Over the years, streaming services have increasingly become available in South Africa – including companies and services like Netflix, Google Music, Deezer, and Apple Music. However, the largest of the bunch, Spotify, has remained glaringly absent from the African market over the years.
Spotify has now officially addressed this absence by launching in South Africa, with the aim to spread to others countries in the region in the coming years.
Michael Krause, Spotify Managing Director for the EMEA region, told Forbes in an interview, that the company was elated to have returned to the “home continent of music historically”. The premium service launched at ZAR59.99 (around $5) per month, with it matching prices set by competitors like Apple Music.
According to Krause, Spotify is “well-positioned” for the market overall after the company reportedly discussed its pricing with music labels. It will also feature a free version of the service, that will play three minutes of advertising after every hour of music consumed.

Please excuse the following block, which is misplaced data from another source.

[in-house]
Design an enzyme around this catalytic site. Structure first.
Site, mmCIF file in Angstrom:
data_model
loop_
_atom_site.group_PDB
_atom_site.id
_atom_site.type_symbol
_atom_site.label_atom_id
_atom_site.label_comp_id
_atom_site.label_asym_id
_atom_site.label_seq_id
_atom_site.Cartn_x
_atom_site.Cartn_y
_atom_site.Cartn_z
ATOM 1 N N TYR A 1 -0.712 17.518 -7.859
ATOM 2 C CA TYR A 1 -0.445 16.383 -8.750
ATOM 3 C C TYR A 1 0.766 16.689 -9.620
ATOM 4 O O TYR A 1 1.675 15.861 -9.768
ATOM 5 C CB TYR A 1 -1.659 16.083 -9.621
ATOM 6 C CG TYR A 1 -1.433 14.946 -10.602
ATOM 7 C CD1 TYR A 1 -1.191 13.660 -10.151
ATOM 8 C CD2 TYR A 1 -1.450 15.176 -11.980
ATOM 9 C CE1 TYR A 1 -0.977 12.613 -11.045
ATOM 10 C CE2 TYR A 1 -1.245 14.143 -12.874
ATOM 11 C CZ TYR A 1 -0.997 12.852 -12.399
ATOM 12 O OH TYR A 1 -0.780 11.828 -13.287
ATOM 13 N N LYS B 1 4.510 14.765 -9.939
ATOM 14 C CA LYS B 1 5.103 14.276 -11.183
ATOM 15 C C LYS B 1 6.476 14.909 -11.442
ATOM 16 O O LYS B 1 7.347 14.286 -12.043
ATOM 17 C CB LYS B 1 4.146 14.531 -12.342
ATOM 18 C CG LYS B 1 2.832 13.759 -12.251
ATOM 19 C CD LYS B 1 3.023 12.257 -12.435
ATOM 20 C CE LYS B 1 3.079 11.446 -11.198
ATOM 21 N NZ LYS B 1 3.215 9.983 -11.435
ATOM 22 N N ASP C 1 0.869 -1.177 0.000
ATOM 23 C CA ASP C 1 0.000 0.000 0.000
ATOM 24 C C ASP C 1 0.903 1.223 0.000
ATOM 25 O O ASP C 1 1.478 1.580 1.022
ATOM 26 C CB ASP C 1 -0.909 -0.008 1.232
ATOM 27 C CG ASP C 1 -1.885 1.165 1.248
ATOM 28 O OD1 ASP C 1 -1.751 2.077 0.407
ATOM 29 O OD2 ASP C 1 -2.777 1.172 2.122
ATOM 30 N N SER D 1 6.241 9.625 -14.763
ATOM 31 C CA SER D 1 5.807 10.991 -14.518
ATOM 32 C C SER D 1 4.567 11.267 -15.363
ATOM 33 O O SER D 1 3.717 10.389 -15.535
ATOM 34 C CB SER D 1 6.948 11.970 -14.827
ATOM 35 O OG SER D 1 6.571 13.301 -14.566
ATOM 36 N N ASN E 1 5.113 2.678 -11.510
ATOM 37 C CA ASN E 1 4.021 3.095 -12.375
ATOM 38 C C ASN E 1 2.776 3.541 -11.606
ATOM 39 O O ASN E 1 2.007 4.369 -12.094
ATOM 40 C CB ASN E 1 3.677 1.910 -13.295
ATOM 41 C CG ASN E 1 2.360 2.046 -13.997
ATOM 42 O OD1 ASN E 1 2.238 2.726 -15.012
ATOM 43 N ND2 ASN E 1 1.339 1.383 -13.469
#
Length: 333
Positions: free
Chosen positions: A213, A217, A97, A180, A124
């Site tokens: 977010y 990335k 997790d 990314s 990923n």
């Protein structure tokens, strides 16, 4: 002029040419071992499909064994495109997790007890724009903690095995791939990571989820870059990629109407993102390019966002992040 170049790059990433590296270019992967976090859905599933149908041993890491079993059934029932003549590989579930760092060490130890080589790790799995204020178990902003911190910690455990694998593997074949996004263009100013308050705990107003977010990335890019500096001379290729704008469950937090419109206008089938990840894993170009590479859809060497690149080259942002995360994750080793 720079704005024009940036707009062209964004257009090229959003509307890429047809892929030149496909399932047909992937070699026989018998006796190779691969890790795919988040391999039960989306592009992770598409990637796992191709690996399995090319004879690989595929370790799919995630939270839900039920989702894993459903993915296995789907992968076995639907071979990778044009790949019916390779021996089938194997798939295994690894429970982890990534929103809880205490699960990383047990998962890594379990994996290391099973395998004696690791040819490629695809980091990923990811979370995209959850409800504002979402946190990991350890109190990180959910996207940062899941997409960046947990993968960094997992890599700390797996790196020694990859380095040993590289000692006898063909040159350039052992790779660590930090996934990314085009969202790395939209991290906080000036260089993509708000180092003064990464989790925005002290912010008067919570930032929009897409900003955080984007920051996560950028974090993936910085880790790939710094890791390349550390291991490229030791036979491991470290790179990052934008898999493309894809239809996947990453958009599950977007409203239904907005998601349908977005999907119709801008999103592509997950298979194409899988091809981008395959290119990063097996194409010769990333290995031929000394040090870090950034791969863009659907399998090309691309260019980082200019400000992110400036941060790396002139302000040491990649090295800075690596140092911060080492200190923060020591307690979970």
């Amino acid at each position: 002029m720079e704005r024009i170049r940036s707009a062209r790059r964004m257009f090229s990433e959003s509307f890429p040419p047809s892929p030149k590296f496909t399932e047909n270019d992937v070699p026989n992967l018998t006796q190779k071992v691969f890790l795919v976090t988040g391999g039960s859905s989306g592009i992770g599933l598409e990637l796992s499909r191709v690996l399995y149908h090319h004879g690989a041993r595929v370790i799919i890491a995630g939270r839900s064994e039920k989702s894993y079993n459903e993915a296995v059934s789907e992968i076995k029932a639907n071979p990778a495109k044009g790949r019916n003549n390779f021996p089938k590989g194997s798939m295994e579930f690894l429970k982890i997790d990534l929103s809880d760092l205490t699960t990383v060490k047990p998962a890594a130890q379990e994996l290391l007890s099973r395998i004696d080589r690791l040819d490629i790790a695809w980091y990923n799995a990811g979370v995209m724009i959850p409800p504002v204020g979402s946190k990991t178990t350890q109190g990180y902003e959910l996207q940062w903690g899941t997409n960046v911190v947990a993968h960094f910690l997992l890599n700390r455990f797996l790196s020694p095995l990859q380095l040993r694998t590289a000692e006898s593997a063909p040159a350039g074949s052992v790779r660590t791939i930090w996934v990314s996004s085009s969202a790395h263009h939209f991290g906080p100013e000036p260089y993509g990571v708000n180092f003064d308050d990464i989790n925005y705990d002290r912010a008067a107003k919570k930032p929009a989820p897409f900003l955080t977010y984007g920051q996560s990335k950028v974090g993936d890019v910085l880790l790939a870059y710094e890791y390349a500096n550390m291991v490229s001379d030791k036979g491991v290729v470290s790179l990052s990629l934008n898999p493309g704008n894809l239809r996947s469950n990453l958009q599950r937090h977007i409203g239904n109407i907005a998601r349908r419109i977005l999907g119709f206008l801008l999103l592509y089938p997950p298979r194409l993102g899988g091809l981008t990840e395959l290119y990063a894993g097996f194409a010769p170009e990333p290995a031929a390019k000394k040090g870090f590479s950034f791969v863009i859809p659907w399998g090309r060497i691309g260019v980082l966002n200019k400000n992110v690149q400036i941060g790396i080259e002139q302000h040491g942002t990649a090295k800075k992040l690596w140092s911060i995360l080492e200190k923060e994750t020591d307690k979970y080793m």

Spotify, which is being used by over 159 million users worldwide, has faced fierce competition from the likes of Apple, which analysts predict will eclipse the former in the United States. French music-streaming service Deezer has made a name for itself in smaller markets that bigger players traditionally ignored, boasting nine million paying subscribers up to September 2017 according to Statista. However, with the market clearly heating up, it remains to be seen who will win out in South Africa – and other countries in the block.
The company has also reportedly started hiring again to expand its hardware segment. With dedicated smart-speakers taking the world by storm – currently dominated by the likes of Amazon – it isn’t beyond the realm of possibility to see a dedicated Spotify speaker going on sale. Beyond that, Spotify also aims to be listed on the New York Stock Exchange by April 2 this year.
Spotify is available to download right now on all platforms, including Xbox One and PlayStation 4 in South Africa. Krause pointed to other ‘obvious’ countries in the region, including Kenya, Nigeria – the largest African economy -, Ghana, and others, getting an official launch as well, by the end of this year.